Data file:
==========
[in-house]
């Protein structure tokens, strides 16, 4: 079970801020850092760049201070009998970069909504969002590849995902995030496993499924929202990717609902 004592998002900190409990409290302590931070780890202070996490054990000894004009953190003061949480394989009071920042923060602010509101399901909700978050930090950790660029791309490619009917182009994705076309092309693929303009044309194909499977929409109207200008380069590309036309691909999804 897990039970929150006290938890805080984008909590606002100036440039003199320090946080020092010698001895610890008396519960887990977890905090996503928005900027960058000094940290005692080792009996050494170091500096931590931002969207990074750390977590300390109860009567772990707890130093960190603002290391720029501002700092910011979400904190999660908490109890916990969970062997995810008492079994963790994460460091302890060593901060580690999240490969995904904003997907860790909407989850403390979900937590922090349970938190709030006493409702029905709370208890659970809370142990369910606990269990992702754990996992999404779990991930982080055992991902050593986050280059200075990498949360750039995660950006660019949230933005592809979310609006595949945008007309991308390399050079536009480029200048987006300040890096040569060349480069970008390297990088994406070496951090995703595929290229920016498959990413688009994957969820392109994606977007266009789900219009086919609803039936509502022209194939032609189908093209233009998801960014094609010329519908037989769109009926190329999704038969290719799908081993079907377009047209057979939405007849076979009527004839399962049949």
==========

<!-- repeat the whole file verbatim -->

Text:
[in-house]
């Protein structure tokens, strides 16, 4: 079970801020850092760049201070009998970069909504969002590849995902995030496993499924929202990717609902 004592998002900190409990409290302590931070780890202070996490054990000894004009953190003061949480394989009071920042923060602010509101399901909700978050930090950790660029791309490619009917182009994705076309092309693929303009044309194909499977929409109207200008380069590309036309691909999804 897990039970929150006290938890805080984008909590606002100036440039003199320090946080020092010698001895610890008396519960887990977890905090996503928005900027960058000094940290005692080792009996050494170091500096931590931002969207990074750390977590300390109860009567772990707890130093960190603002290391720029501002700092910011979400904190999660908490109890916990969970062997995810008492079994963790994460460091302890060593901060580690999240490969995904904003997907860790909407989850403390979900937590922090349970938190709030006493409702029905709370208890659970809370142990369910606990269990992702754990996992999404779990991930982080055992991902050593986050280059200075990498949360750039995660950006660019949230933005592809979310609006595949945008007309991308390399050079536009480029200048987006300040890096040569060349480069970008390297990088994406070496951090995703595929290229920016498959990413688009994957969820392109994606977007266009789900219009086919609803039936509502022209194939032609189908093209233009998801960014094609010329519908037989769109009926190329999704038969290719799908081993079907377009047209057979939405007849076979009527004839399962049949």